|Topic:||IT has entered the participation age|
|Title:||Vice President, Global Telecommunications|
Darrell Jordan-Smith is responsible for Sun’s strategy and profile within the global telecommunications industry. Appointed in October 2004, Mr Jordan-Smith provides strategic market leadership and helps define solutions for customers that exploit industry trends to address their key business and technology issues. Before his current role, he established and led the Vodafone global account team, responsible for the business relationship with the Vodafone Group across 50 countries. Over the years, Mr Jordan-Smith has developed a reputation for innovative business development practices targeted at helping service providers increase ARPU, drive out cost and realize full returns from IT investments. Before joining Sun in 2000, Mr Jordan-Smith held senior sales and management roles within the AT&T Group of companies including Lucent, NCR, AT&T BCS and AT&T Communications. Now based in the USA, Darrell Jordan-Smith holds an MSc and MBA from the University of Glasgow.
The growth of mobile communications, voice and data, is helping to create both communities of users and communities of applications developers to serve user needs. The participants in these communities are driving change, creating new businesses, new social services and a new network economy with growth fuelled by sharing and collaboration. Carriers facing declining voice revenues are counting upon these new developments to provide compelling new services that build revenues and reduce churn.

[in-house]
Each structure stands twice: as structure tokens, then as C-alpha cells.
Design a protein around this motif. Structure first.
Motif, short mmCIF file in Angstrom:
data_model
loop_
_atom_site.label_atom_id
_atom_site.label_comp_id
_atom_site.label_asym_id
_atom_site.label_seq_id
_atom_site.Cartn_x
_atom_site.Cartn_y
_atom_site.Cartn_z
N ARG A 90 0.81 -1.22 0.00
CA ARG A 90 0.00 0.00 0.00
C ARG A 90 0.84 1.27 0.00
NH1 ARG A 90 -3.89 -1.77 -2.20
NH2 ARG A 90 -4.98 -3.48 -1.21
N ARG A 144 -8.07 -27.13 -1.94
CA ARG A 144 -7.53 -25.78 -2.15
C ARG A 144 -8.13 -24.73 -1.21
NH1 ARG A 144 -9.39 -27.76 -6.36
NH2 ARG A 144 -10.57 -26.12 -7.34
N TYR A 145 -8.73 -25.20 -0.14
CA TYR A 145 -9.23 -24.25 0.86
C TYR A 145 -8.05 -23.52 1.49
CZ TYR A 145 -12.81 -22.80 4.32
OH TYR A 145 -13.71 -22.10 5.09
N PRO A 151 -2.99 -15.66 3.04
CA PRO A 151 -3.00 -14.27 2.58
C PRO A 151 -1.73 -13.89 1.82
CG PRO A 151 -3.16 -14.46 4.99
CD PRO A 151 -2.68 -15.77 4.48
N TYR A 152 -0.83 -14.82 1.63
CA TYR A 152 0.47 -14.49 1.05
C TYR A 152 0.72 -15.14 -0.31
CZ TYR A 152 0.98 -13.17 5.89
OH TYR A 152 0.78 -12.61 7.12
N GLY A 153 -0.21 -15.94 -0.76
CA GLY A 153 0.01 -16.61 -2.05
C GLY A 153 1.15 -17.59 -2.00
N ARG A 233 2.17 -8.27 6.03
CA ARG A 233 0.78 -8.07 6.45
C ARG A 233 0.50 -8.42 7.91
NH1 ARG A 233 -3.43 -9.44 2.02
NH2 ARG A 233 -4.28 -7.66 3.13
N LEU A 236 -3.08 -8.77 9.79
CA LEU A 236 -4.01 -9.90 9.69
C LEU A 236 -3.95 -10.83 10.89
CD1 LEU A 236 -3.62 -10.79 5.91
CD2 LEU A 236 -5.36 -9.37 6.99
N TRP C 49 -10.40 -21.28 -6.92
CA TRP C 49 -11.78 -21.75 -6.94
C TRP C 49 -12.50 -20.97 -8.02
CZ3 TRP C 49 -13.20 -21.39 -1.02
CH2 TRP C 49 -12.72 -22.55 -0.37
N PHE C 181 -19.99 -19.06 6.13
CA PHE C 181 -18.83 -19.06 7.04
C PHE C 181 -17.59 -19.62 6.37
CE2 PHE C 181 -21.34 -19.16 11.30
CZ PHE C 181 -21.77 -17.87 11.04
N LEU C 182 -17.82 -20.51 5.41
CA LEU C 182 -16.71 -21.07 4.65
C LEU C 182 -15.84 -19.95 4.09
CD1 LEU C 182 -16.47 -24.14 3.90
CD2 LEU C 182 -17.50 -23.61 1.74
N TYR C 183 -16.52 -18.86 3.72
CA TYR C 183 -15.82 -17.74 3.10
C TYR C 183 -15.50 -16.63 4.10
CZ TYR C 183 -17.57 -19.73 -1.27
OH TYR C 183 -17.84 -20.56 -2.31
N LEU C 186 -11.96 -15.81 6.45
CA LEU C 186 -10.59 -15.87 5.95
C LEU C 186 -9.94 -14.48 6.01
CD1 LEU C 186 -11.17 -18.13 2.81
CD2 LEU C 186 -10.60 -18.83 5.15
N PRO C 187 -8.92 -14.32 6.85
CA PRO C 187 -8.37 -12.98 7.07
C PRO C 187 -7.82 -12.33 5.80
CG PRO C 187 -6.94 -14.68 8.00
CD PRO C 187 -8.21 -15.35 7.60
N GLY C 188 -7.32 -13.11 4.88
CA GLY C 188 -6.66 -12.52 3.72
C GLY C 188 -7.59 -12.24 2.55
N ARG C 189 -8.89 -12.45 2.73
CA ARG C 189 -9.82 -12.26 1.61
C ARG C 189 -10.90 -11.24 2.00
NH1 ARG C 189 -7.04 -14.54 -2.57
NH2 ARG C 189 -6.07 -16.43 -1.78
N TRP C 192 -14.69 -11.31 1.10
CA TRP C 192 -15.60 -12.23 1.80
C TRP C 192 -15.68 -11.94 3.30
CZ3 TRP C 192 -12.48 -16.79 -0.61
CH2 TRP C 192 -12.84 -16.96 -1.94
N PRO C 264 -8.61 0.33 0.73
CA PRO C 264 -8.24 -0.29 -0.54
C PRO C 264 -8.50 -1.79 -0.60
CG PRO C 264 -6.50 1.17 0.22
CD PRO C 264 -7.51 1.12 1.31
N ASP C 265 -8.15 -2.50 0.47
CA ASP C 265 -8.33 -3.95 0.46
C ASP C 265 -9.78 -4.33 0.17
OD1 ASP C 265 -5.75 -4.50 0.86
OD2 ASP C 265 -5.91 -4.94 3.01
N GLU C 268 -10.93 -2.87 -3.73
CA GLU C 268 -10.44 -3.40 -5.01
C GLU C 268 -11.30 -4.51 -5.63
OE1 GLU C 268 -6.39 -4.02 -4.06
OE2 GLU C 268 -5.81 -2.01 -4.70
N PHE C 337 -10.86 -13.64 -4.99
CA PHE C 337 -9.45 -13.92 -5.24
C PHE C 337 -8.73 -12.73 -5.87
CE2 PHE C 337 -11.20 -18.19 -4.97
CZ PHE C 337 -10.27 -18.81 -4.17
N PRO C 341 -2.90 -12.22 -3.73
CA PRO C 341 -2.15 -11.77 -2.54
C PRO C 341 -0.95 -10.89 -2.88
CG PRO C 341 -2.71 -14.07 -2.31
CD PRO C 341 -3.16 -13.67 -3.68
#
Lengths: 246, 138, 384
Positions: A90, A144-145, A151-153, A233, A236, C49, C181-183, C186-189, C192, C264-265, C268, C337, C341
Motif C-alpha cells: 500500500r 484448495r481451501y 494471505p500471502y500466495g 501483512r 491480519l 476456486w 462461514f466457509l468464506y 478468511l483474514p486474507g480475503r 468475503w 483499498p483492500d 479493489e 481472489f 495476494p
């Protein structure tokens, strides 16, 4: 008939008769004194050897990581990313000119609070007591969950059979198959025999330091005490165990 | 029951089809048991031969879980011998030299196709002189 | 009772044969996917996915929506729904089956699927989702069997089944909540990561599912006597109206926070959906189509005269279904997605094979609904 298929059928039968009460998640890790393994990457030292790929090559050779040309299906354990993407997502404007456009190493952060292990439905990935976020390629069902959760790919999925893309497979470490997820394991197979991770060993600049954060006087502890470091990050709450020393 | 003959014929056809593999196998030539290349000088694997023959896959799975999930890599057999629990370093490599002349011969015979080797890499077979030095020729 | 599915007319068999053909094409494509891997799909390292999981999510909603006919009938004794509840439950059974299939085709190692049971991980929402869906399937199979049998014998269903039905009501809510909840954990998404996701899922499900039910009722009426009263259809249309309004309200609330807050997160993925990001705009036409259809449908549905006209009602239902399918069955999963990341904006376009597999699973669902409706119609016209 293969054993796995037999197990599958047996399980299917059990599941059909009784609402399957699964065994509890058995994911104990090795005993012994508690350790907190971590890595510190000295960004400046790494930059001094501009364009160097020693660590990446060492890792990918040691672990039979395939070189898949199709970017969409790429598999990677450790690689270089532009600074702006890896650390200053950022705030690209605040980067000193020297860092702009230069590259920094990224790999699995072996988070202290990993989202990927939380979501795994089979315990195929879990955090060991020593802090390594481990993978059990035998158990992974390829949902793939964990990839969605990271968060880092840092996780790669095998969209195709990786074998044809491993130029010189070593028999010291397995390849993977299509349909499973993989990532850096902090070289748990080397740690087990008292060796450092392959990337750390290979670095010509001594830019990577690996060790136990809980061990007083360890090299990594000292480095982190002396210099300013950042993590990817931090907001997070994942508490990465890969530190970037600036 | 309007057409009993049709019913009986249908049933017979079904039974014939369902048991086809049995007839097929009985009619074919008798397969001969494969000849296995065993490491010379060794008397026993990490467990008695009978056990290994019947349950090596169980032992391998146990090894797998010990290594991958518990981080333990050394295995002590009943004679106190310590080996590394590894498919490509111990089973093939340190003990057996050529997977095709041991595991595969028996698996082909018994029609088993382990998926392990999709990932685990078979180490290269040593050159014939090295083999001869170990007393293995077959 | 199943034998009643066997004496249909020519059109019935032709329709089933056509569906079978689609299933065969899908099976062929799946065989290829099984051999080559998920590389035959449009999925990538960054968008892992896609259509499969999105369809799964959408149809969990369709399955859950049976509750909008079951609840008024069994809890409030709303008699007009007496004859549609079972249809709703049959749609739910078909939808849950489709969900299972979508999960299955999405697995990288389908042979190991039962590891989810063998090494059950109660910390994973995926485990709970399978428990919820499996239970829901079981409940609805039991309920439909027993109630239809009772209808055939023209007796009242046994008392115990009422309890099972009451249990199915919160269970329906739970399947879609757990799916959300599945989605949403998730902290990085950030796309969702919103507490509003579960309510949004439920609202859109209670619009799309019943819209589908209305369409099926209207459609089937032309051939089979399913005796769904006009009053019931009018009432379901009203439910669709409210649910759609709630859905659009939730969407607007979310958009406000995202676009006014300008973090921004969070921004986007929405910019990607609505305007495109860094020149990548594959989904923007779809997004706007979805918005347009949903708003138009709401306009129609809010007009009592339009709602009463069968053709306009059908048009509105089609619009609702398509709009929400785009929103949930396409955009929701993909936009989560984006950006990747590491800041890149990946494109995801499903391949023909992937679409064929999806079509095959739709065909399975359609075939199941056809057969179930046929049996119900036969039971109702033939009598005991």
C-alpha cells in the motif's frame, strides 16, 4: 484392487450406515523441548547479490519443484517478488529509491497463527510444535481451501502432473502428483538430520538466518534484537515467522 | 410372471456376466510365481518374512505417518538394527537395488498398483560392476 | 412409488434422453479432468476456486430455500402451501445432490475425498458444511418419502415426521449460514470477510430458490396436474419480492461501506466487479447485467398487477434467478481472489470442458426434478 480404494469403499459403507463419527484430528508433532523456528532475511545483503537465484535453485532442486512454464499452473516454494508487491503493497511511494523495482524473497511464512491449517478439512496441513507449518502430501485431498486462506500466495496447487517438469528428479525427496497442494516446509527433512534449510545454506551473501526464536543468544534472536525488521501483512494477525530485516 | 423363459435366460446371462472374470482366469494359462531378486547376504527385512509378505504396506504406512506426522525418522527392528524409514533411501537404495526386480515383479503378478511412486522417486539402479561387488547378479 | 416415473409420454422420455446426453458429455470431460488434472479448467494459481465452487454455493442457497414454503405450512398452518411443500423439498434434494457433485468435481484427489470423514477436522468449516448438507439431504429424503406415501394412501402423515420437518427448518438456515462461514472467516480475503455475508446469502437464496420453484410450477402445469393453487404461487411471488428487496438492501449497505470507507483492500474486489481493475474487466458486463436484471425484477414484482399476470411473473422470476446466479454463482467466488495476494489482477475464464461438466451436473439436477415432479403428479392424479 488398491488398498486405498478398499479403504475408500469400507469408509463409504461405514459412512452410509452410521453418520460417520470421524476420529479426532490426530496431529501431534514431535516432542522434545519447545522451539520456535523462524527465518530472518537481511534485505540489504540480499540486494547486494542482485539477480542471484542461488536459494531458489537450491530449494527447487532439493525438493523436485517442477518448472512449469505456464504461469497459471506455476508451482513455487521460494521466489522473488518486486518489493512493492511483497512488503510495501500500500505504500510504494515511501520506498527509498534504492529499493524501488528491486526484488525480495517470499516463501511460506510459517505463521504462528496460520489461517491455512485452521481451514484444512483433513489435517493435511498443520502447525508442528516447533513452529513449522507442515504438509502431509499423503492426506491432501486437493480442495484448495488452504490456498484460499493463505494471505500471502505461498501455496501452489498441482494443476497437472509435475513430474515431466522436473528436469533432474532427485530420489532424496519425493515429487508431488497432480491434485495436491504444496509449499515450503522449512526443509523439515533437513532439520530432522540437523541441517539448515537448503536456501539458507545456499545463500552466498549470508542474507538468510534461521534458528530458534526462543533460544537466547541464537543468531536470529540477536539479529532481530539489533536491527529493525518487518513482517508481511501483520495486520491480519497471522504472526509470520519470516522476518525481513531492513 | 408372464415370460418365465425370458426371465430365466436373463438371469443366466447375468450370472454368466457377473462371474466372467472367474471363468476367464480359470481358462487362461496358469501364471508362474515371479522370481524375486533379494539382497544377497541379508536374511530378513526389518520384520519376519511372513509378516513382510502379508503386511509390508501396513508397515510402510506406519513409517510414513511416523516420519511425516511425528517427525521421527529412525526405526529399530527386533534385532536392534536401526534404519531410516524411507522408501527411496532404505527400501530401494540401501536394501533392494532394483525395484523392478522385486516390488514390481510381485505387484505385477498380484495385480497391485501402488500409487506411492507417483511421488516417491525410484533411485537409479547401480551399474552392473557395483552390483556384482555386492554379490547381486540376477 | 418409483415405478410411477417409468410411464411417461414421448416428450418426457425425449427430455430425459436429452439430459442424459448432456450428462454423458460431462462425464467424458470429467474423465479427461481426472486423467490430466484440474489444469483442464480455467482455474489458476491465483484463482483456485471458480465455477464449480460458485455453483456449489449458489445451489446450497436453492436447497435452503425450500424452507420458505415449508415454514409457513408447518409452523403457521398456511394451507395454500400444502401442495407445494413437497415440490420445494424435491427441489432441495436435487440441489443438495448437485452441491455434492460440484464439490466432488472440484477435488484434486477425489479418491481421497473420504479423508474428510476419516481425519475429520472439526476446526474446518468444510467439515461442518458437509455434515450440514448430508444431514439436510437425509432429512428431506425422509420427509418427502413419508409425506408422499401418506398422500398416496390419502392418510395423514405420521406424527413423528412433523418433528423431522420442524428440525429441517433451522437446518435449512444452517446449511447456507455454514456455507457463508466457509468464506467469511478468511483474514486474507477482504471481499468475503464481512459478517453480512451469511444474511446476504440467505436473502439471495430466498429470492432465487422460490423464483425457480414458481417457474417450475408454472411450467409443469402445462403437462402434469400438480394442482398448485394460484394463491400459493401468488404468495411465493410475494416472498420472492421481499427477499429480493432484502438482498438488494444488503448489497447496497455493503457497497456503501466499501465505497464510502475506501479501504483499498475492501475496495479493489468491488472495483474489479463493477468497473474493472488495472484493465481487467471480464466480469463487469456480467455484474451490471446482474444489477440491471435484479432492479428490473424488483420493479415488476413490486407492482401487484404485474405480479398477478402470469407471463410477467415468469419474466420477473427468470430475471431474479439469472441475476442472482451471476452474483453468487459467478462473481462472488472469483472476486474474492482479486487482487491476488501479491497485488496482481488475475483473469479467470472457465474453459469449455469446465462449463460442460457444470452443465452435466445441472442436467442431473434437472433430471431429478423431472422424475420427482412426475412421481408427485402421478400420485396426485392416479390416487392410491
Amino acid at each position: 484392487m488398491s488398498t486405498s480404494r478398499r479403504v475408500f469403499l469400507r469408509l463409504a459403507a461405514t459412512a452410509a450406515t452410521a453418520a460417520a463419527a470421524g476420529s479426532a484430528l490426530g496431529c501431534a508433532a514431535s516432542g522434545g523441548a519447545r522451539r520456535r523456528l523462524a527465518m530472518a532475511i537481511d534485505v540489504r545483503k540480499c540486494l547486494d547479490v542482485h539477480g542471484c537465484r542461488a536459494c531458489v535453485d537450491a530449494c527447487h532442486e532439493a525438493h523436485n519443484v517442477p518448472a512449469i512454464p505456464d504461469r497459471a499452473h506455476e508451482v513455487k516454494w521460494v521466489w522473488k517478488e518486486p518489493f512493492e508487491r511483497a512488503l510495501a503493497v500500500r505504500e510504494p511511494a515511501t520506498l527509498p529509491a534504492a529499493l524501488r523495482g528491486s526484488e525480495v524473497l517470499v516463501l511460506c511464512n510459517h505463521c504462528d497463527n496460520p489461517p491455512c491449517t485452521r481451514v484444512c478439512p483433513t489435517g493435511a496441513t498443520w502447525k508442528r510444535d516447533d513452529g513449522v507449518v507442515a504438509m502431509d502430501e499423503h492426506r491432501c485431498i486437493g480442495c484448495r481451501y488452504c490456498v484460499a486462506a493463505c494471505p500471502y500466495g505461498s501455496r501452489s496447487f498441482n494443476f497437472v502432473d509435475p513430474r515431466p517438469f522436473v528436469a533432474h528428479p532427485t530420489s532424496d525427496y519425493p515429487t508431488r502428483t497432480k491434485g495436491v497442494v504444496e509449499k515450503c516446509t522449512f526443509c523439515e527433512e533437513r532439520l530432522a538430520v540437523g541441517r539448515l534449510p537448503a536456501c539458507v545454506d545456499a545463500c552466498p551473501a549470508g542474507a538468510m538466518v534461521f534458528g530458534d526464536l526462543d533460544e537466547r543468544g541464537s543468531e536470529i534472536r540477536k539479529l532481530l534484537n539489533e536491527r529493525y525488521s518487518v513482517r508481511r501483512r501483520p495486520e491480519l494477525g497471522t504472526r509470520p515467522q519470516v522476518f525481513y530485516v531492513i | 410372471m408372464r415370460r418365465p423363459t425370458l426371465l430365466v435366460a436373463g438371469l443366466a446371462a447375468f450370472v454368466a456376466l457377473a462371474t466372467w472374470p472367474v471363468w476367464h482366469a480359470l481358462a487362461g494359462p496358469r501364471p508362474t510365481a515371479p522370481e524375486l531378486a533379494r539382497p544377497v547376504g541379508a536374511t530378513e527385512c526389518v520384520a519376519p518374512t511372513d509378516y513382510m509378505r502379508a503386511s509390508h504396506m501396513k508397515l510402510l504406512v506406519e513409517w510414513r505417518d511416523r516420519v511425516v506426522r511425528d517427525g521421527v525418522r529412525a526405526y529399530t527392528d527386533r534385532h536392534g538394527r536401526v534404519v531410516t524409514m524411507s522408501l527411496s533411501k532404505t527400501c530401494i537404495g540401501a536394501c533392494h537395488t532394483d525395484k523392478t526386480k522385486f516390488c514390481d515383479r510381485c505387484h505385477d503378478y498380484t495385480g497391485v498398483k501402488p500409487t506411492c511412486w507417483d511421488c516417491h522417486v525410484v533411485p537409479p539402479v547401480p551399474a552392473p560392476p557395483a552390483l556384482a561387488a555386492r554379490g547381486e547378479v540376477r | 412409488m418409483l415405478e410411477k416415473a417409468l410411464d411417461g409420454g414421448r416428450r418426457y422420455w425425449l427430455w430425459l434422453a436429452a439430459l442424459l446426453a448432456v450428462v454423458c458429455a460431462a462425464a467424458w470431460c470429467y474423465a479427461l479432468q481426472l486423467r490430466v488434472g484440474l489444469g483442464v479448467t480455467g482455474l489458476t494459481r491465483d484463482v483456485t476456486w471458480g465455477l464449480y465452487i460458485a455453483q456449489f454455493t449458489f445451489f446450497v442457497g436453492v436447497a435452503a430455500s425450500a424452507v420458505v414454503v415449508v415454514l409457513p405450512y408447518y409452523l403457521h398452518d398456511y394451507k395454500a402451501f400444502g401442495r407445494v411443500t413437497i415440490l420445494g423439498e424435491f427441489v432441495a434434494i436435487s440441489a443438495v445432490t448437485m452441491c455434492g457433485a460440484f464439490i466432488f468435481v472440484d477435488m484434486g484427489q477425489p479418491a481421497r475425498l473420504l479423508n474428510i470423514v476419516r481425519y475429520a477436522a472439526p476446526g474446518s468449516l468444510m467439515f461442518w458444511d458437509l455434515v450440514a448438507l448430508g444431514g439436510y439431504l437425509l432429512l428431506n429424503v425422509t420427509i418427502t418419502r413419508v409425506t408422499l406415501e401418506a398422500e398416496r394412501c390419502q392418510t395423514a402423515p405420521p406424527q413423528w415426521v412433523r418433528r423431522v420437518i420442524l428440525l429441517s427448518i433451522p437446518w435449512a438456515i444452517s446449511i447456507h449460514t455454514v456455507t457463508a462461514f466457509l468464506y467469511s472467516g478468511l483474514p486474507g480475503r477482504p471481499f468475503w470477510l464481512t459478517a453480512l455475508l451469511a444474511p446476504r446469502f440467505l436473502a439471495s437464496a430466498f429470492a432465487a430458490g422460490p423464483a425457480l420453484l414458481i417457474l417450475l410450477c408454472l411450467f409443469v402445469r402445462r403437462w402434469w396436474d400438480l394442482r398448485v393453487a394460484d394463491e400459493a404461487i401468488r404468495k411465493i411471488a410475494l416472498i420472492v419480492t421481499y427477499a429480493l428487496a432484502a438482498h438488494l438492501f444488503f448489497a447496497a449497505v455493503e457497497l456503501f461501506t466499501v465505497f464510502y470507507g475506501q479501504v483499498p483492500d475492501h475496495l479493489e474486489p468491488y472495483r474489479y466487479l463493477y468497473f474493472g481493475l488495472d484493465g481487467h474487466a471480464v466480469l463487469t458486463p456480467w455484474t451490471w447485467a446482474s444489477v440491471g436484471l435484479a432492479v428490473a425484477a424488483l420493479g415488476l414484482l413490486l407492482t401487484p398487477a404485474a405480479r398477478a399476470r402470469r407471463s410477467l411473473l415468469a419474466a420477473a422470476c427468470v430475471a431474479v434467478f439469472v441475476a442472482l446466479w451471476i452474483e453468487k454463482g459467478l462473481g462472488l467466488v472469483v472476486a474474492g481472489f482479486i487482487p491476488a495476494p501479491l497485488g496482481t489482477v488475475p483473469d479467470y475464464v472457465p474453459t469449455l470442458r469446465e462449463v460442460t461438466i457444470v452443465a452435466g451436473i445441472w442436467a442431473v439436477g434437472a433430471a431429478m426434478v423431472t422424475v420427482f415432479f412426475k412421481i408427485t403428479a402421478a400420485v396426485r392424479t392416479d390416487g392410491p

The pace of communications technologies is changing ever more rapidly. Not just in small ways, but in very powerful ways that are putting the development of communications applications, such as VoIP and mobile content services, in the hands of many new players. We can call this new era the Participation Age, where given dramatically lowered barriers to entry, plummeting device prices and near-universal connectivity, subscribers and others are driving a new round of network participation. Based upon handset-driven communications such as SMS messages to web services, participants are forming communities that drive change, create new businesses, new social services and new discoveries. This network economy growth is fuelled by sharing and collaboration among communities interconnected by technology and driven by purpose. Sharing and collaboration in the Participation Age will stimulate innovation and help participants around the world grow and prosper. Global carriers look to their equipment and software suppliers for products and services that will help people around the world participate in something bigger. Suppliers need to focus upon helping carriers improve operations, cut costs in their data centres and upon supplying tools and service delivery platforms, so that carriers can create compelling new applications. What EMEA carriers face While all can participate in making things better as a community, telecommunications executives, realistically, must focus upon the bottom line. Cost reduction is currently a big concern for EMEA telecom operators. They need ways to consolidate their infrastructures, to save money and free up resources to invest in developing new services and driving more revenue. Voice revenues are declining, so telecom operators need to reduce churn and derive additional revenues from existing customers. Accordingly, the telecom operators’ top priority is developing compelling and popular services for their subscribers. Vendors can assist carriers with cost reductions and innovative offerings of incremental revenue-generating services. Providing developers with powerful software creation tools enables them easily and rapidly to develop compelling and marketable applications not just ‘me too’ copies of existing services. That is what participation is about. Network operators battle constantly to increase their ARPU (average revenue per user) and AMPU (average margin per user) while decreasing churn rate. EMEA’s wireless operators are working to make it easy for customers to discover and use the new data and messaging services they offer that provide access to entertainment, information and communication channels. Fixed-line telecoms are examining ways of utilising their networks to provide as many new services as possible, to counteract voice revenue decline. Fixed-line operators are competing against the decreasing price and increasing reliability of mobile calls, and the tendency of many mobile users to choose to have just one phone and one number. They are also fighting the threat from cable companies that offer triple play, television, telephone and broadband, services combined. Fixed-line operators are fighting back with attractive bundles of broadband access, cheaper voice calls, soon to come IPTV (Internet Protocol television) and, at times, mobile telephony. Today, applications, services and digital content are increasingly targeted to each specific customer, so the importance of customer identity and identity management is growing for operators, content owners and customers. Today, too, telecommunications is highly virtualised because of packet-based communications, VoIP, GSM, CDMA, etc. The wireline is gone, and with it the direct connection between carrier and customer. What remains is the digital identity of the consumer. Telecommunications services are converging, and so are digital identity services. For example, the IP Multimedia Subsystem (IMS) architecture’s HSS (Home Subscriber Server), the network database that identifies the user, especially while roaming, to the local system, is the growth area for the modern carrier. The carrier view in EMEA and USA In 2005, EMEA carriers are working to rebuild profitability. They are evaluating IMS deployment while maintaining legacy networks. Many carriers will also begin IPTV exploration and deployment. The top three issues for telecoms in EMEA, as for all businesses, are: ways to reduce cost and complexity, the quick and efficient delivery of new services (i.e., voice, data, picture and video) and returning to, and maintaining, profitability. In the future, it will be the servers, storage, software and services that will make it possible to offer the ‘one-to-many’ or ‘machine-to-machine’ messaging services, the mobile web services and the enterprise-class applications that will drive revenue and usage during the coming years. Partnering between equipment makers, software vendors and carriers offering managed services is alive and well in the USA. The focus is upon bringing capabilities and services to market based upon the IMS convergence architecture, VoIP applications, video conferencing, multi-player gaming and ringtone downloads, all to give the carriers more to sell than plain old voice. Worldwide, rollouts of IMS are just beginning. IMS requires a new generation of carrier-grade hardware platforms, next-generation blade platforms, capable of supporting the high-bandwidth telecom services that they support. Blade server technology is making great inroads into carrier data centres. It is particularly suited to optimise voice and data convergence on next-generation networks. Enterprise software, running on advanced operating systems that manage identity profiles and permissions, provides operators with a solid foundation to develop IMS applications. Java, a case study for community The community and participation model is evident in the many companies and industries that have spun off from Java. Java created an environment that facilitated great growth in applications development, by enabling the communities of developers who took open development platforms to heart. Business applications, information gateways and massively scalable network games, which simply did not exist before the widespread adoption of Java, are now in common use. Security must be built into everything these days, not just provided as optional add-ons – you must bake security into products at the development stage. The Java platform, for example, was developed with security as a fundamental principle, so it cannot be used to carry or spread viruses to the operating system or a phone. Java’s open model makes it appealing to developers and carriers, who seek low development and ongoing operational costs. Ovum projects worldwide mobile data services revenues of US$137 billion by 2008. That means the market will grow roughly 21 per cent annually for the next four years! With more than 700 million Java-enabled handsets deployed, the Java developer community will grow to develop the new applications this growing market demands. Economic and social progress Not all of planet Earth’s citizens have equal access to technology. Not just governments, but large global firms need to dedicate themselves to improving network accessibility and eradicating the digital divide. Enabling a new wave of network participants, be they developing applications for healthcare, education, manufacturing or gamers, will deliver untold economic and social progress. At the United Nations this past June, we joined others committed to philanthropic efforts to drive participation in this new age. China, India, Ethiopia, South Africa, Nigeria and Kenya received millions of dollars in Academic Excellence Grants and donations during the last two years, and tens of thousands of students in China now have free access to web-based courses. These and other programmes focusing specifically on increasing participation will continue under the Share the Opportunity umbrella. Today, those without an education and those without access to computers must also play a part in the growing, interconnected, community that leverages the Internet, technology and tools. They will help define the needs, the applications and services that build better lives, a better economy and a better society for all. They too, and their children, will be part of the next generation of engineers, scientists, diplomats, business leaders, journalists, artists and consumers. They need the network to participate in the new information society. We are working hard to expand the opportunities for everyone irrespective of culture, nationality or economic means.